NFL Coaching Timeline

Perry Fewell is the NFL’s Senior Vice President of Officiating Administration.

Before joining the Officiating Department in 2020, he coached with seven NFL teams between 1998 and 2019, primarily as a defensive backs coach and defensive coordinator. Fewell served as interim head coach for the Buffalo Bills in 2009 and Carolina Panthers in 2019 and was the New York Giants defensive coordinator for five seasons, including for the Giants’ Super Bowl XLVI victory over the New England Patriots.

From his more than two decades on the sidelines, Fewell shares what a work week looks like for NFL coaching staffs and teams throughout an NFL season.

“This is when you get to find out the talent level of all the new players.”

Training Camp

July – August

AP/Mike Groll

AP/Mike Groll

During these early weeks, coaches start to evaluate the talent across the team during practices, which will eventually play a role in informing future roster cuts.

Full days consist of physical exams, meetings, conditioning tests, classroom instructions and on- field, position-specific drills designed to build players’ knowledge of the basic philosophies of the playbook.

Off the field, coaches meet nightly to critique, correct and evaluate players’ practice performances by reviewing video.

Here’s a look at a typical preseason week, though the dates and process vary from team to team.

Sunday Evening

  • Coaches review practice or scrimmage video and meet with the offense, defense, and special teams units. In camp, Sunday nights are available since exhibition games have yet to begin


  • Teams conduct non-padded practices that teach fundamentals like blocking, tackling, and group sessions to cover play-action pass installation and blitz patterns and blitz pick-up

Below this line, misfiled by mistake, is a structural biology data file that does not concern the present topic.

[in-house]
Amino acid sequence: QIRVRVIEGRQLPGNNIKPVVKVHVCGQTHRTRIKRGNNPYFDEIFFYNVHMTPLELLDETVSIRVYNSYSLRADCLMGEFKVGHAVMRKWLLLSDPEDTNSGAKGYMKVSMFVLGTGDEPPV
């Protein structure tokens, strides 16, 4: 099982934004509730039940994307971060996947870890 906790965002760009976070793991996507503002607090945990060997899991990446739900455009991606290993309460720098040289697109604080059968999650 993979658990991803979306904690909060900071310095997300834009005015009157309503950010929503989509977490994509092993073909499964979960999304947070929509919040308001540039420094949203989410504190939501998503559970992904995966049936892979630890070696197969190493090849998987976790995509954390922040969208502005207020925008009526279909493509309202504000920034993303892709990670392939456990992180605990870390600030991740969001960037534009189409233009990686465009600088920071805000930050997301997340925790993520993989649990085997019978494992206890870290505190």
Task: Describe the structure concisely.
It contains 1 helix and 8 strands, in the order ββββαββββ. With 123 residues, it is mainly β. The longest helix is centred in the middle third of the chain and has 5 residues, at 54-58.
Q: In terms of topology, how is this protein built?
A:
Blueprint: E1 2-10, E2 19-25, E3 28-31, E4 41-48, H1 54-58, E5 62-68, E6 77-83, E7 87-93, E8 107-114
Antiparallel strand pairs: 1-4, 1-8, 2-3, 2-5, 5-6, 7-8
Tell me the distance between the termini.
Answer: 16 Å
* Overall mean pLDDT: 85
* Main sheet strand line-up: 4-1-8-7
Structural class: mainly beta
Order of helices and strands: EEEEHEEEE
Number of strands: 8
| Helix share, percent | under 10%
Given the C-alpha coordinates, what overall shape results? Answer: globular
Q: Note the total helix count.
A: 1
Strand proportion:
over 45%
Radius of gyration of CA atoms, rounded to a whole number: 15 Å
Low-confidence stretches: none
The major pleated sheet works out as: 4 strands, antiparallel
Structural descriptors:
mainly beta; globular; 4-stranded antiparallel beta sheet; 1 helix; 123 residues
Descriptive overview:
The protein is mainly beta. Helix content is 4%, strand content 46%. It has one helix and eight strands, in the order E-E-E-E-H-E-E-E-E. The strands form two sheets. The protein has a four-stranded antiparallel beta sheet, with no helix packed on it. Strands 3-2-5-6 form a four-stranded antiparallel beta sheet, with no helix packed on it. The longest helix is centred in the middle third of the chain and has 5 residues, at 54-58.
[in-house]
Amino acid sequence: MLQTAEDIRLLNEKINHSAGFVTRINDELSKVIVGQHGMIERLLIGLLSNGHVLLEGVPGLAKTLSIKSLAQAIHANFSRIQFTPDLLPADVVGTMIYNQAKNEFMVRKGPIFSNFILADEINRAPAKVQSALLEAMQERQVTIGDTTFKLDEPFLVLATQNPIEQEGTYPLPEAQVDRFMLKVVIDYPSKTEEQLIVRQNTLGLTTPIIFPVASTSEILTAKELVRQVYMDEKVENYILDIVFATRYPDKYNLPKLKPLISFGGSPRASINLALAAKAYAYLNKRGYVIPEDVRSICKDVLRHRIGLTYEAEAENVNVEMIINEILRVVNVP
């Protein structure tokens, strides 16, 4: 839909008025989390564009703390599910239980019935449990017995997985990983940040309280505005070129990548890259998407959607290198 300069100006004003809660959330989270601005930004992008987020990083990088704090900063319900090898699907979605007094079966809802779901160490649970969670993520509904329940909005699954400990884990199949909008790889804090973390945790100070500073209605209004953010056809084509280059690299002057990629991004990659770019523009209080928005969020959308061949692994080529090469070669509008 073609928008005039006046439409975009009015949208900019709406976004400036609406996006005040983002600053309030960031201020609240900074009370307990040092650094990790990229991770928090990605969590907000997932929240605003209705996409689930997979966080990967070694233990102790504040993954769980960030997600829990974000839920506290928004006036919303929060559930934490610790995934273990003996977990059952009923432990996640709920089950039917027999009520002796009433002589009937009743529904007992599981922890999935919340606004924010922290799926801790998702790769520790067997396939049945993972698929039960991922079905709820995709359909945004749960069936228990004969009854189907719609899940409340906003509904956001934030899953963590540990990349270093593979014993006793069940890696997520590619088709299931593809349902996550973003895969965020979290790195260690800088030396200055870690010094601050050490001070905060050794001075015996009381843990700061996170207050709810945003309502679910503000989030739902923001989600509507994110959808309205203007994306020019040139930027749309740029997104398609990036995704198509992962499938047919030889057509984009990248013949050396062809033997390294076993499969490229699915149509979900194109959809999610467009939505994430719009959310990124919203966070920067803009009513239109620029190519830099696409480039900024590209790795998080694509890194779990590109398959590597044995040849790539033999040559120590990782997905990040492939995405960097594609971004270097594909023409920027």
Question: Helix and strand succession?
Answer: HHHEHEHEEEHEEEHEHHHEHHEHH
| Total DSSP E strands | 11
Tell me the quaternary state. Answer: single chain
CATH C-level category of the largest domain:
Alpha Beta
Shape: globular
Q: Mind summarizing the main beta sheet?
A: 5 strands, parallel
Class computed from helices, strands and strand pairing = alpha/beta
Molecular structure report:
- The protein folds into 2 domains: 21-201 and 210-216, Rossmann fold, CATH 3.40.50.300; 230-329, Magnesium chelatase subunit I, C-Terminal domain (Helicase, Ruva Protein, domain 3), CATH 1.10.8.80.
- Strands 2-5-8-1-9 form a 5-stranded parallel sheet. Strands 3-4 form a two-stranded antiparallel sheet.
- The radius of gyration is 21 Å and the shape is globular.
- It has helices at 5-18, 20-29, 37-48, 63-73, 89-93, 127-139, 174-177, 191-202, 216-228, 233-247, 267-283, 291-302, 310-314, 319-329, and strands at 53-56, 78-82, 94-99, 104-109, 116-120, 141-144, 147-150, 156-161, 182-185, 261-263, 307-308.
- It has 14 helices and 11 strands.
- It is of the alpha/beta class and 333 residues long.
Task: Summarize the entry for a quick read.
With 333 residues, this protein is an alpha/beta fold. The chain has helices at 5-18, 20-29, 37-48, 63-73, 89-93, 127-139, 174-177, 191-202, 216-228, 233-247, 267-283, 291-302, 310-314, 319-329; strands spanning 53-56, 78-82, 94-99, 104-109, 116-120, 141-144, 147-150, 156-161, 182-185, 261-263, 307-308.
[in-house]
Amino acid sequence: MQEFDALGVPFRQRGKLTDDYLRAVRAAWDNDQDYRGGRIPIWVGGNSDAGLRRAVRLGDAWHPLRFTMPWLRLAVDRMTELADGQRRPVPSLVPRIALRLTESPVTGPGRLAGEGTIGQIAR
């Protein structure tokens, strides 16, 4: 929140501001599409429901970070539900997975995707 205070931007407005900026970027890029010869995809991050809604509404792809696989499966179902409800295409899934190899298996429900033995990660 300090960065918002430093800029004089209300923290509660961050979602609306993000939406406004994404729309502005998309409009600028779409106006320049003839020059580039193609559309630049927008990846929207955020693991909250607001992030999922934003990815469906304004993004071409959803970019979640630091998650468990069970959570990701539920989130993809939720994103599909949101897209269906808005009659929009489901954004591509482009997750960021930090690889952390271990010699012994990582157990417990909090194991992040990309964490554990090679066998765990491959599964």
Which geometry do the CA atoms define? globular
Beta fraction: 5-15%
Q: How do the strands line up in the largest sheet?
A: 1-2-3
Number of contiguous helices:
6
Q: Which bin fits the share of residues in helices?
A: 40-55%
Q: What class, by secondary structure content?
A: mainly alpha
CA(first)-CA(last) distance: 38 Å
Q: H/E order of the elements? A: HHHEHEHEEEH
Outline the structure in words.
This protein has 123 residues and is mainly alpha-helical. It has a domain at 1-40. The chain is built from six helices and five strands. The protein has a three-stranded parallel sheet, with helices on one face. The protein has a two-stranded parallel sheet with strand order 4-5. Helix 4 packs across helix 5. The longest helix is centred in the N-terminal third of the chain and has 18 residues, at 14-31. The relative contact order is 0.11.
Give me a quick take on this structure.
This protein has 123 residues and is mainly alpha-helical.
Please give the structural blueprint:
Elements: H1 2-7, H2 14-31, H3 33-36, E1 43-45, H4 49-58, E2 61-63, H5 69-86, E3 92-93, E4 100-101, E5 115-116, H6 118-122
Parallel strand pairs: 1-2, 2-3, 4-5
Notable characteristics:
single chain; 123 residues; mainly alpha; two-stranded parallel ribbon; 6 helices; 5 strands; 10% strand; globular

AP/M. Spencer Green

AP/M. Spencer Green


  • Players are off. Teams are required to have one day off each seven-day week
  • Coaches prepare for the following day when players return by reviewing practice video and preparing various personnel packages to simulate game situations like third-down, red-zone and two-minute scenarios


  • Teams conduct padded practice


  • Teams scrimmage throughout the week, focusing on installing plays that have been practiced into the playbook
  • Players also have opportunities to connect with family and fans during autograph sessions after the scrimmage

“It’s all about maximum performance and talent evaluation – getting players to play the game and not think the game.”


August – September

During preseason, rookies and younger players are closely evaluated, especially in the first two weeks. When they stand out in training camp, they can earn more reps during practices and may even practice with the first-team units. Coaches are looking for standouts to provide them with more exposure.

Week 1

  • Coaches focus on talent evaluation as offense versus defense practices continue with a focus on installing the base offense, defense and special teams philosophies
  • Players are assigned positions on specific units to learn their assignments to perform on the field
  • Players show their mental and physical skills in simulated game situations